Positive for Youth, Positive for Society: The future of youth services

On the 24th May I attended and spoke at the Public Policy Exchange event Positive for Youth, Positive for Society: The future of youth services.

It was a brilliant event with fantastic speakers and an excellent turn out of delegates. No surprise really given that the youth service sector has seen dramatic budget cuts whilst the need of the service just continues to grow.

Youth services and youth workers play a huge role in the lives of young people, the people working in the sector are highly trained and skilled professionals with a wide set of tools at their disposal to support young people and the people around them to overcome barriers and challenges. You can read more about the science of youth work here.

As it becomes clearer that young people are worse off than any other generation and sometimes have insurmountable hurdles to overcome it is totally disheartening to hear about the decreases in funding to vital youth services. During the last decade youth services have been subject to large spending cuts, with research from the National Children’s Bureau, Children’s Society and Action for Children (November 2017) suggesting that central government funding for children and young people services has fallen by £2.4 bn since 2010. The Local Government Association (LGA) estimates that an additional £2 bn funding gap will have opened by 2020

Hearing from keynote speakers such as Kayleigh Wainwright (UK Youth), Kev Henman (Space), Leigh Middleton (NYA), Sharon Long (Partnership for Young London) talk about their work and the growing evidence for the need of youth services was both inspiring and worrying. It could not be more clear that we have to secure the future of youth services, yet where does the money come from? Paul Schofield from DCMS argued that this government is investing in youth services and the new civil society strategy will reflect this.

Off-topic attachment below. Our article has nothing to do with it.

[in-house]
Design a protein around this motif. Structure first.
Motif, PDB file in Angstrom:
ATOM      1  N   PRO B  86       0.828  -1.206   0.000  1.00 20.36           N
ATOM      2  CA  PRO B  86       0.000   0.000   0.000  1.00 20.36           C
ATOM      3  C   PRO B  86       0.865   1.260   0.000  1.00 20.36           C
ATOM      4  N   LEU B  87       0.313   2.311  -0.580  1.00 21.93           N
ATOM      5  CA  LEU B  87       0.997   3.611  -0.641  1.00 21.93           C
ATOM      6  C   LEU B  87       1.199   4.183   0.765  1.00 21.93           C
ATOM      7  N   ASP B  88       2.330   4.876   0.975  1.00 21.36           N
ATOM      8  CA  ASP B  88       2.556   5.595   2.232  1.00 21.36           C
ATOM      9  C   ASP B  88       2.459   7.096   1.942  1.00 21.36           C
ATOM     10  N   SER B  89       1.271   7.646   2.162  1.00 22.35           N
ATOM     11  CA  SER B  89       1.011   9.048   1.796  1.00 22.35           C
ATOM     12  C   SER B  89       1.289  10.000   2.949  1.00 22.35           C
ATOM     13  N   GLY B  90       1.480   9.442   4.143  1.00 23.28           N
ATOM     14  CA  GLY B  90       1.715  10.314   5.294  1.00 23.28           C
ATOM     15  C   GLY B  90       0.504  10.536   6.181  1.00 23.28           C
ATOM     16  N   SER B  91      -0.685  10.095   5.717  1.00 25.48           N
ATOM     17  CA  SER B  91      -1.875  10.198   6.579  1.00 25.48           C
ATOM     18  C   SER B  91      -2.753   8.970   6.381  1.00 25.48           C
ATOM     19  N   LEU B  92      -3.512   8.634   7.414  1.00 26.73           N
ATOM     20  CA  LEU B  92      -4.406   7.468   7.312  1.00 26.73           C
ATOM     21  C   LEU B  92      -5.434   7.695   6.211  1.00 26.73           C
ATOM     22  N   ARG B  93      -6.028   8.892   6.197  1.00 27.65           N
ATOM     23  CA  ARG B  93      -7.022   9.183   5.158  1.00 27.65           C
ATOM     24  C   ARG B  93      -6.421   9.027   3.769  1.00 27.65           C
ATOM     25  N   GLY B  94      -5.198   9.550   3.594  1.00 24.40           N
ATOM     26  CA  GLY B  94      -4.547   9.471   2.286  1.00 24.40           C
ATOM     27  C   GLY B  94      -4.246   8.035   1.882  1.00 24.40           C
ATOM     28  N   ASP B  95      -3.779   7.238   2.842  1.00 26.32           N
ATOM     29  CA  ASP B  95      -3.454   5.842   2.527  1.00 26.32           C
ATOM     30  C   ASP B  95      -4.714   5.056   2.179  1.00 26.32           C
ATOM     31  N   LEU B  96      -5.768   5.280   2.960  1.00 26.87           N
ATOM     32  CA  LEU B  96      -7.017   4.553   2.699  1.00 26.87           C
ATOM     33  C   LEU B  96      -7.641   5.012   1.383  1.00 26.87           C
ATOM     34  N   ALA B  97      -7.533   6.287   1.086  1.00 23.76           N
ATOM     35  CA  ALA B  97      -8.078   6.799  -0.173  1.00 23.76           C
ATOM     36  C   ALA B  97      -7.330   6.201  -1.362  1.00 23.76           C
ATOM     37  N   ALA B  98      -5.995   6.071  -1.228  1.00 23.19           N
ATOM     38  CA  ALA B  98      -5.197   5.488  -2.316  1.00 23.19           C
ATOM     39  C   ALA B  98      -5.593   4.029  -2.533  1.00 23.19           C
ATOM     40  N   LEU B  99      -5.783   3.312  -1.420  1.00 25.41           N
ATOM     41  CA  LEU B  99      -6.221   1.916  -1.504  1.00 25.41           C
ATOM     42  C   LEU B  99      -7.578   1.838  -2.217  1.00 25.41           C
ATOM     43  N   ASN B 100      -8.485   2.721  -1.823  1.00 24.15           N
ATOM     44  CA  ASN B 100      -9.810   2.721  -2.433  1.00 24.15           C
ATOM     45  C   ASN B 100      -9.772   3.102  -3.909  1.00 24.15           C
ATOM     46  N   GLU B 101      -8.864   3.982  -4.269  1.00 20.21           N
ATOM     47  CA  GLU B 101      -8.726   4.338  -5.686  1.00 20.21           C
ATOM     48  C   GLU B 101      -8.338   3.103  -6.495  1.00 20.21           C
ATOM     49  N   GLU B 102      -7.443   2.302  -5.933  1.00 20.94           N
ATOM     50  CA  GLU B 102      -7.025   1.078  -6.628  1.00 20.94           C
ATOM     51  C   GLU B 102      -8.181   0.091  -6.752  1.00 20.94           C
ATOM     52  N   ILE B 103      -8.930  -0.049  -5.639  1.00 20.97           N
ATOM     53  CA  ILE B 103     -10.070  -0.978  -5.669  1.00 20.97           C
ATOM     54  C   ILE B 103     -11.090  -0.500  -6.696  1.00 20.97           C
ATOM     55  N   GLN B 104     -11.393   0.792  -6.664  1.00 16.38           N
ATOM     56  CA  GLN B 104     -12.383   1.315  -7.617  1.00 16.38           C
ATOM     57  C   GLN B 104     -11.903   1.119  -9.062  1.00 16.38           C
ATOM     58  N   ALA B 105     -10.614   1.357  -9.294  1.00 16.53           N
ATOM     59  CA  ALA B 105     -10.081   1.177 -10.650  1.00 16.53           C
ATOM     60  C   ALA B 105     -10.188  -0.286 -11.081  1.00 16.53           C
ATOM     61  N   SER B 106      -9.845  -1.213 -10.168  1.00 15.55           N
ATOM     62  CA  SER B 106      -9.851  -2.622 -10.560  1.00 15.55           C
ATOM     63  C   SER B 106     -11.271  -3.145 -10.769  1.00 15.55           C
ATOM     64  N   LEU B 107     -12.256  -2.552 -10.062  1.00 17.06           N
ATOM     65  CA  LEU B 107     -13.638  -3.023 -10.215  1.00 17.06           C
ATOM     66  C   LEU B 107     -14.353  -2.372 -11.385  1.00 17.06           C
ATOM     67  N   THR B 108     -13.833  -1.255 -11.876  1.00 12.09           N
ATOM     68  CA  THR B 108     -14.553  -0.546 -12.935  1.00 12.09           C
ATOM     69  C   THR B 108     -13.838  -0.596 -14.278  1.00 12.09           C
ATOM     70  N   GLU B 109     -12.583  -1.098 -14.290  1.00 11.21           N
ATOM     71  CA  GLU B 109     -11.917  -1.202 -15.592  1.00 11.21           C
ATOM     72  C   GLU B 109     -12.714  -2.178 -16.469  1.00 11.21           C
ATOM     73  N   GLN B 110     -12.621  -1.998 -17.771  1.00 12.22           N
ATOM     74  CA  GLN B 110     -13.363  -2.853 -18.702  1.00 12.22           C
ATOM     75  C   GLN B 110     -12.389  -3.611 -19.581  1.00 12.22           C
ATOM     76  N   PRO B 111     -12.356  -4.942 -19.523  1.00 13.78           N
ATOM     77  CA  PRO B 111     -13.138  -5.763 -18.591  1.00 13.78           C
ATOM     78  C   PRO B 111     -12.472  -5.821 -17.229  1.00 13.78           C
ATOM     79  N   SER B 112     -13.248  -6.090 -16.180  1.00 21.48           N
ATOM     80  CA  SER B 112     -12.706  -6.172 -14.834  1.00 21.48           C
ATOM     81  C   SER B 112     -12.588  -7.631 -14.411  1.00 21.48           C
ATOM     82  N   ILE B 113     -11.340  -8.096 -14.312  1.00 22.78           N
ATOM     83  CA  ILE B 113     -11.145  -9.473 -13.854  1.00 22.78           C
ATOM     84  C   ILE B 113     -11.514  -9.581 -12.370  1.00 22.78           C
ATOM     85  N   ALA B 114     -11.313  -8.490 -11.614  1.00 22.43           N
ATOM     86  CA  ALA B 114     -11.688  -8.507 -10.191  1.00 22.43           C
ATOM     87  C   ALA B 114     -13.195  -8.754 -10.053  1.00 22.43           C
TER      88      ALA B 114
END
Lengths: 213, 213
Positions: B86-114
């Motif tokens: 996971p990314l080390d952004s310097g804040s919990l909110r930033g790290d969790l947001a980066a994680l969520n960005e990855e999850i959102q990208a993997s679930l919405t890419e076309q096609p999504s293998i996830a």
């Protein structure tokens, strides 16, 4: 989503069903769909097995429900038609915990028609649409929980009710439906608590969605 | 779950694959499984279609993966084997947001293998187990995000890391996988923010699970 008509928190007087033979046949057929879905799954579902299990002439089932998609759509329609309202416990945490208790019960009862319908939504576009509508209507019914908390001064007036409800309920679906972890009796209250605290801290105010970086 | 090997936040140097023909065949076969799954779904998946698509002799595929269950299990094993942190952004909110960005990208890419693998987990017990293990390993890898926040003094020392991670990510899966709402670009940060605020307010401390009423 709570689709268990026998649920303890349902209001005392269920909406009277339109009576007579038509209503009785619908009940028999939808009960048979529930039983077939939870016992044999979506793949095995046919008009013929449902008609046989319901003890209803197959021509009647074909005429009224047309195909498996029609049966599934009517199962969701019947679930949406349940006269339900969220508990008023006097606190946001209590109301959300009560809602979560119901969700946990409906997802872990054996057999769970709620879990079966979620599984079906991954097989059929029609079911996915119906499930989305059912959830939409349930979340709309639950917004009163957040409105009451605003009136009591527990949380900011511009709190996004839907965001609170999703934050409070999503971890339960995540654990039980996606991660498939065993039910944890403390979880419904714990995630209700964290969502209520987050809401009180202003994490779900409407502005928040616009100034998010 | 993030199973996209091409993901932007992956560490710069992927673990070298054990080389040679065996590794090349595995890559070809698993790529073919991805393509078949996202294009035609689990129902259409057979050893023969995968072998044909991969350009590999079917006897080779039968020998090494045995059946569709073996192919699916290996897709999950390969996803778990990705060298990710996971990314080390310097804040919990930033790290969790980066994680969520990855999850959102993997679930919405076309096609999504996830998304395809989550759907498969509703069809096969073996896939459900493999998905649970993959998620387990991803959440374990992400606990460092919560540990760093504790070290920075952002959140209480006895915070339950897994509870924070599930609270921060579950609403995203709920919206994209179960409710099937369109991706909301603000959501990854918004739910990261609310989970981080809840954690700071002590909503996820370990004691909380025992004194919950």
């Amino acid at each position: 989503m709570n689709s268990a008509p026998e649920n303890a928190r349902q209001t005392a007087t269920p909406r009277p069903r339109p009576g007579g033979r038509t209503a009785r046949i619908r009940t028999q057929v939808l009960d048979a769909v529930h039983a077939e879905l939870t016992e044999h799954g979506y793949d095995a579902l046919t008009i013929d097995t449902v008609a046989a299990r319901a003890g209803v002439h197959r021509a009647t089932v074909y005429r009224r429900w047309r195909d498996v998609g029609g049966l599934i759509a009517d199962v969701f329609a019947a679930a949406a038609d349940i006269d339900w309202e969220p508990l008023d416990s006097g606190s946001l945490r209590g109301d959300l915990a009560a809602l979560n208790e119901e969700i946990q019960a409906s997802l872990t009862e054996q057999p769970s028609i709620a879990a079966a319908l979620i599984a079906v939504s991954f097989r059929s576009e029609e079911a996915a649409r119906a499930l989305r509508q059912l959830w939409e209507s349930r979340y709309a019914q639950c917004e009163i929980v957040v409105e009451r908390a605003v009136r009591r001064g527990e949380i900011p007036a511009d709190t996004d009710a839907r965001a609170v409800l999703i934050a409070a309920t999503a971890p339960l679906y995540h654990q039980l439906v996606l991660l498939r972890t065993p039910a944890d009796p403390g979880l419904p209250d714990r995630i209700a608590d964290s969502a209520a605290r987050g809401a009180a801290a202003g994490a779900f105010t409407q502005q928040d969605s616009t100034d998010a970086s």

In the afternoon I joined the panel along with Amber DeRosa from National Children’s Bureau and a young participant from the programme as well as Rosemary Watt-Wyness from London Youth who was also joined by a young beneficiary and finally Dr Alexandra Turner from The Children’s Society who presented an excellent piece of research on youth services. It was great to hear from the two young participants who clearly believe that the youth services they have benefited from have had a positive and lasting impact on their lives.

In my own presentation I talked a little about the opportunity for the youth service sector to build up a local commercial proposition for its community. The impact that local youth services can have on a place and the future of its young residents is huge, in the absence of real investment from government perhaps that investment needs to come from the communities which ultimately want to see their areas thrive? I also talked about the need to work better together and utilise great resources so that money is not wasted reinventing the wheel. Take our Careers Hub and Young Professional resource as two fantastic free resources that youth workers can tap into to help young people develop skills and knowledge about the world of work.

This was the 2nd conference I had attended in a week where the need for careers education and youth services was clear to see, practitioners working in this space who understand exactly whats needed are being ignored. Particularly as the government is clearly looking for other ways to fund/reduce services. What it means for young people is patchy and varied access to what is available to them.

The government is calling on social enterprises like us to step in where funding has been pulled in the name of “big society”. I cant help but wonder what responsibility government is actually taking to improve social mobility and ensure that every young person has quality and equal access to the services they need the most.

The sceptic in me thinks that we are going to see a real shift in youth unemployment, social mobility and inequality (not a positive one) in the next couple of years. The unintended consequences of austerity and so much education/training reform will be that young people are left behind unless the community steps in. I believe the community should do more but I don’t think that it should take on the responsibilities of government. That just leaves me with big questions in how we ensure that funding is put in the right places in the right amounts and that we truly create a place for all young people to thrive in?

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